Your car’s exhaust may seem like a simple pipe leading from the engine to its rear, but it’s a complex system. As emissions tests and noise regulation have changed the industry, exhaust systems have become more difficult.
Catalytic converters were developed to reduce harmful gases and pollutants. Resonators were also added to control the noise from vehicle exhaust systems.
The sole purpose of a resonator is to reduce the decibel level before it reaches a vehicle muffler. How is a resonator designed? What makes it different from a muffler or exhaust? Why would you want one? Drive’s crack information team is here to answer these questions. So, let’s get started.
What is the purpose of a resonator on a car?
Your vehicle’s engine makes a lot of noise while running. Resonators modulate the sound so that a muffler can mute it. The resonator is an echo chamber where engineers worked hard to create a space to change the exhaust sound so that the powertrain can generate as much power without making children cry.
What is the difference between a Resonator and Muffler?
Mufflers lower the volume. The damper and resonator of your vehicle work together to produce a pleasant sound.
Do I need a resonator for my exhaust?
Yes, in most cases. A resonator is needed to control the sound coming from your exhaust system. This will prevent it from becoming too loud. You can still drive your vehicle without a resonance, but it may have a check engine or other problems. If part of the exhaust system is missing, your car could fail its annual emission inspection.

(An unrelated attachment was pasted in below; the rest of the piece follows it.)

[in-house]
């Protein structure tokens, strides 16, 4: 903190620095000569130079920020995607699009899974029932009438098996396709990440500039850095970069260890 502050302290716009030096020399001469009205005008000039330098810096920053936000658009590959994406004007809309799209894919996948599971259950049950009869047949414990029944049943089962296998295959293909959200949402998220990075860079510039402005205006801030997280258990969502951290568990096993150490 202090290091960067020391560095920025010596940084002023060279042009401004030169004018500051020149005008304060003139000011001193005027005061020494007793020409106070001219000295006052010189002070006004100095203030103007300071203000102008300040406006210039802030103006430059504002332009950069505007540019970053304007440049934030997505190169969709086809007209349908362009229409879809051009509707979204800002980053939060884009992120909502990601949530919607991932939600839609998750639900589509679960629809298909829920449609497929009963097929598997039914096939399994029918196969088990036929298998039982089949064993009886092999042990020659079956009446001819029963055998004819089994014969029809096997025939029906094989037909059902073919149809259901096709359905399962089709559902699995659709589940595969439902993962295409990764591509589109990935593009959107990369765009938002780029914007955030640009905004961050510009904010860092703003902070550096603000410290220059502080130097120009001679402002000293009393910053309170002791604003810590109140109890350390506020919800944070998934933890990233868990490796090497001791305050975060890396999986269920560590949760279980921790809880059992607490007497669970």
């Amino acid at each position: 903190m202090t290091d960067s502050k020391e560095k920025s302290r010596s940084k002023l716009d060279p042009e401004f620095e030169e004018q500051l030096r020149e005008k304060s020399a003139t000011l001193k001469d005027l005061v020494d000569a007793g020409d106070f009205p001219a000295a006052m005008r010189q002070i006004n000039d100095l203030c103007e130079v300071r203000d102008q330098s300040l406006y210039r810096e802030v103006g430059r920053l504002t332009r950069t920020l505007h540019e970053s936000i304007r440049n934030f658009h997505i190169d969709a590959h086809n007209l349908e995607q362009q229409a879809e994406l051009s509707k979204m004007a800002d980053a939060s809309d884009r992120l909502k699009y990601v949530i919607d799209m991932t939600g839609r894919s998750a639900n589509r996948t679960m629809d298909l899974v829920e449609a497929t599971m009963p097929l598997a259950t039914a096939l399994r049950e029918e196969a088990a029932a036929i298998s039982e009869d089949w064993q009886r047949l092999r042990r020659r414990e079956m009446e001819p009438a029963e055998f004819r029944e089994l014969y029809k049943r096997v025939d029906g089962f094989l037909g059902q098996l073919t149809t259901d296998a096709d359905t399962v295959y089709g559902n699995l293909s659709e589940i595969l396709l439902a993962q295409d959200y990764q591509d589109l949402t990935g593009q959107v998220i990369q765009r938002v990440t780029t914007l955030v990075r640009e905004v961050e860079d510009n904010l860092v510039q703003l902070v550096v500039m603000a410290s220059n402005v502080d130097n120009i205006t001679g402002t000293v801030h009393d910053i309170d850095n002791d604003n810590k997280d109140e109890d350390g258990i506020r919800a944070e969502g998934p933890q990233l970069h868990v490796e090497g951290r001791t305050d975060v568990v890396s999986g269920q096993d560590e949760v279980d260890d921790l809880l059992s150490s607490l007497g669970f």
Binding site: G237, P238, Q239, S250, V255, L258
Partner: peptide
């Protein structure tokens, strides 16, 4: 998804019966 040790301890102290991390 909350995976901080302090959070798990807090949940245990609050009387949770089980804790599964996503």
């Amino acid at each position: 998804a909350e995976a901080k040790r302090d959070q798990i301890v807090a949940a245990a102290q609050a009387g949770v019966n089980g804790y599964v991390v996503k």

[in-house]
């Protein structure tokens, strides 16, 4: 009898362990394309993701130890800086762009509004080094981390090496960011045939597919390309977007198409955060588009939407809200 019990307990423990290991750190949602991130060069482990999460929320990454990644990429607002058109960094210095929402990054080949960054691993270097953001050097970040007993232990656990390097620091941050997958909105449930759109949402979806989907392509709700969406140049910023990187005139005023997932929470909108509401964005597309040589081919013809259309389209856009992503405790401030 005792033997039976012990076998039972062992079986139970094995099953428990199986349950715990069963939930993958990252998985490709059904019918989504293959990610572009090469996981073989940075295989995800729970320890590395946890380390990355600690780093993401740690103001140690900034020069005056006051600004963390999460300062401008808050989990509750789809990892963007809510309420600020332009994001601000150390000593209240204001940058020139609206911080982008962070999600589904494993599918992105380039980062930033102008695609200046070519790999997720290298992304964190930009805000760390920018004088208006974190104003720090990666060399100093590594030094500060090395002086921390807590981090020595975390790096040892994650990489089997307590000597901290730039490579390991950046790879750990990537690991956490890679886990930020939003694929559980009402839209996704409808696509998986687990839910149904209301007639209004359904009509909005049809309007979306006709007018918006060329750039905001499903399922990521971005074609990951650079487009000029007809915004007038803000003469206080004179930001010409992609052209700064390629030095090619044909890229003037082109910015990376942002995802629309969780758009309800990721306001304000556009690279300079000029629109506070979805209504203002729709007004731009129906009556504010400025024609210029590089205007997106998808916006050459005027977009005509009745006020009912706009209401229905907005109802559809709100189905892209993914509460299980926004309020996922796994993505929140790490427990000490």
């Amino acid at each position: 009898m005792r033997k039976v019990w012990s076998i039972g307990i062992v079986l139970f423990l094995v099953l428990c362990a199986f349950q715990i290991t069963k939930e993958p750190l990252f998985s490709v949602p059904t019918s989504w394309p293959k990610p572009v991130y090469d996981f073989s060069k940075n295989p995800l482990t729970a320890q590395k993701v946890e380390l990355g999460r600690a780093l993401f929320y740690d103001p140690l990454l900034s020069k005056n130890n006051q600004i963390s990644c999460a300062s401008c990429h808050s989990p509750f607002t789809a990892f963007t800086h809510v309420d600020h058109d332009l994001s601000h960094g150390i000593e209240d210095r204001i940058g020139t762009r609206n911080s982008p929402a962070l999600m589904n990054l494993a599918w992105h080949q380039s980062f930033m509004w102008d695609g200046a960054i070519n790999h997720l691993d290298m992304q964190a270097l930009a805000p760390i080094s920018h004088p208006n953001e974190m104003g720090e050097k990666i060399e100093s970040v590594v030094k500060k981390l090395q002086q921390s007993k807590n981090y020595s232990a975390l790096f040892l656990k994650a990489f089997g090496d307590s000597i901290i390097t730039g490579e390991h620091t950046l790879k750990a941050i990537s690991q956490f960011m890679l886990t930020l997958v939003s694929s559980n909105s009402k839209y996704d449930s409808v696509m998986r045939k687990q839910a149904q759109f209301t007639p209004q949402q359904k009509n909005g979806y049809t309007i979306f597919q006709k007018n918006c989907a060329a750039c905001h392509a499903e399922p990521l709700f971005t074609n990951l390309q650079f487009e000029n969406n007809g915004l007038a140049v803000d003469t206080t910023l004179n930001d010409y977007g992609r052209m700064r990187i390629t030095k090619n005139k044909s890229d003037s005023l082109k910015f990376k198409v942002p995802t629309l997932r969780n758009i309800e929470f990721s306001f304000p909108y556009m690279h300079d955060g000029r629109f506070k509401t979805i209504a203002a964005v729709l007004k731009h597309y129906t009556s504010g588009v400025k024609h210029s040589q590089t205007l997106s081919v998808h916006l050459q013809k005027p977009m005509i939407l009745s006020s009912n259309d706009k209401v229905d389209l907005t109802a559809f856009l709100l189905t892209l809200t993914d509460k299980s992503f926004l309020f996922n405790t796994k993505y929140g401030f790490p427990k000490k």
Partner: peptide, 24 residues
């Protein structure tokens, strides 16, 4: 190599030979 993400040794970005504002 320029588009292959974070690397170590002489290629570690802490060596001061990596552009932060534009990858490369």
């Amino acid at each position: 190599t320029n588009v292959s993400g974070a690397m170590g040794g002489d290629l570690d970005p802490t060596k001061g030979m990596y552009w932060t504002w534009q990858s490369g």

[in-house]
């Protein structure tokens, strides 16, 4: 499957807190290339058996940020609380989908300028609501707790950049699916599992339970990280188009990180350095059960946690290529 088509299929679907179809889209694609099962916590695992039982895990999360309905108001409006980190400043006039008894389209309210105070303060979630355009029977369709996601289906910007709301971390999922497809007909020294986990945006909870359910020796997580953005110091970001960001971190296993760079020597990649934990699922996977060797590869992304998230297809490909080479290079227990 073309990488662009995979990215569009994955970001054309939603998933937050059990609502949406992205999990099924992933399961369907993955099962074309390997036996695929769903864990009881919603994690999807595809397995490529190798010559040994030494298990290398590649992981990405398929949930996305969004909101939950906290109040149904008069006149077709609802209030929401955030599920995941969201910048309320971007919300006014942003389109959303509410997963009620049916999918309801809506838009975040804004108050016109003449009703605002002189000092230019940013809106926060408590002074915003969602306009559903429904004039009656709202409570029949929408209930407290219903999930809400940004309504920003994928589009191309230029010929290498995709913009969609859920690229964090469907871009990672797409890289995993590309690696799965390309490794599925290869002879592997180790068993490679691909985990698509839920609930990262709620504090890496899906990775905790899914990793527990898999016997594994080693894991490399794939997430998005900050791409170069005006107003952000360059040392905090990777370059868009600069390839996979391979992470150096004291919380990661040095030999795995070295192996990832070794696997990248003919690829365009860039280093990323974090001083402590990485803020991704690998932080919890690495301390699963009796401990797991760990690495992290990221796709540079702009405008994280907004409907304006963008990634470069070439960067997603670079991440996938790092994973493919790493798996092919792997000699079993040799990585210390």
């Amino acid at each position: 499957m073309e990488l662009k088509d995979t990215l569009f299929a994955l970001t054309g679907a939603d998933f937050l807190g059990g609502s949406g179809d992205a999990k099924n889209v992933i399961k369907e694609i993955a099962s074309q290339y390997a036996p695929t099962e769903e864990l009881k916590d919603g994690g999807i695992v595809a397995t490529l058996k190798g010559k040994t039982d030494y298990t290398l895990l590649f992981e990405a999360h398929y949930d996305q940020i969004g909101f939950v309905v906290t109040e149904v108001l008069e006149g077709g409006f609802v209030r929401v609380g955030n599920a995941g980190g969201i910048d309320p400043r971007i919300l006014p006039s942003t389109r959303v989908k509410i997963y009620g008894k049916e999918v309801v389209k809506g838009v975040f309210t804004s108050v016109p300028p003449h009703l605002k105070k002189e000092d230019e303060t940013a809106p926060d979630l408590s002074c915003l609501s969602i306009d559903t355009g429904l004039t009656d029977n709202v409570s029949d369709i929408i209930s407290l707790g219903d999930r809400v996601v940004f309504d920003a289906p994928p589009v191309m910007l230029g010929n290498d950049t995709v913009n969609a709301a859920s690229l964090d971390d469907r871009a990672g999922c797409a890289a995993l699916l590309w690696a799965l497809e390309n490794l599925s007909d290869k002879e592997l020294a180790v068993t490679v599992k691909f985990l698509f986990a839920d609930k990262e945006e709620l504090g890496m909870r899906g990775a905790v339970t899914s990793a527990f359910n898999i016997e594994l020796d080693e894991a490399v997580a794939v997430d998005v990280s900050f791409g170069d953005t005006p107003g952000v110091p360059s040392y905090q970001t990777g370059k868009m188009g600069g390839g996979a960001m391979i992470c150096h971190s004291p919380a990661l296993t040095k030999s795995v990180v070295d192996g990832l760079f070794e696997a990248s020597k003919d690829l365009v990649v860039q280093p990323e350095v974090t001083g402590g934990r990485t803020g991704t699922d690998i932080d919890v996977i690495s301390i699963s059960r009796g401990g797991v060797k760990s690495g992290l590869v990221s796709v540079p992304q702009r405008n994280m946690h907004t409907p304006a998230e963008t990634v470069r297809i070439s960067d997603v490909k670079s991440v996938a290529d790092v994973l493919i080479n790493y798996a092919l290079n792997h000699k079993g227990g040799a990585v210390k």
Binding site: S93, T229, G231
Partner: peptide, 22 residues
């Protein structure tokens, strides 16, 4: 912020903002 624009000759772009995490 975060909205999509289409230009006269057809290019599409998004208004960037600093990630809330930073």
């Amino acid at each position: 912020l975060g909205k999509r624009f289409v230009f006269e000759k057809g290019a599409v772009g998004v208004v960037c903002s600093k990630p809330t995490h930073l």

How to Change Your Resonator?
Some of you may not follow the law and want to shake dishes off your cabinets when you cold-start them. We’re talking about flat-brim baseball caps. Many of you want to check or fix your vehicle. Understanding what your vehicle’s resonator should sound like is essential to identifying problems. It’s generally a good idea for you to have your vehicle’s resonator replaced or checked when:
- Performance decreases. Your vehicle’s fuel economy and performance have started to decline.
- Check engine light is on. This could be anything, from a loose cap to a catastrophic engine failure. But it is a good indication that something is wrong.
- You hear a strange noise coming from your car. Your vehicle’s noise will change if your resonator is damaged or fails.
- The engine will not start or stall. The vehicle will not start. This is the most extreme of the resonator symptoms.
- You smell an unnatural odor. Your vehicle’s resonator could leak and release fumes that are not only unpleasant but also potentially dangerous.
Exhaust Resonator Security
- If you want to do the exhaust repair yourself, here are some things to consider:
- To prevent exhaust gas build-up in your garage or work area, ensure you work in a well-ventilated area.
- Remember that the underside of your vehicle will be very hot if running for a long time.
- You can replace your exhaust resonator rather than trying to upgrade with straight pipes or other “performance” setups. You will have a loud vehicle, and only some people will be impressed. We are here to help.
- Do not ignore any sound, smell, or performance problems. You’re unlikely to die from an exhaust resonator explosion, but you do not want your car to be plagued by unexpected maintenance problems.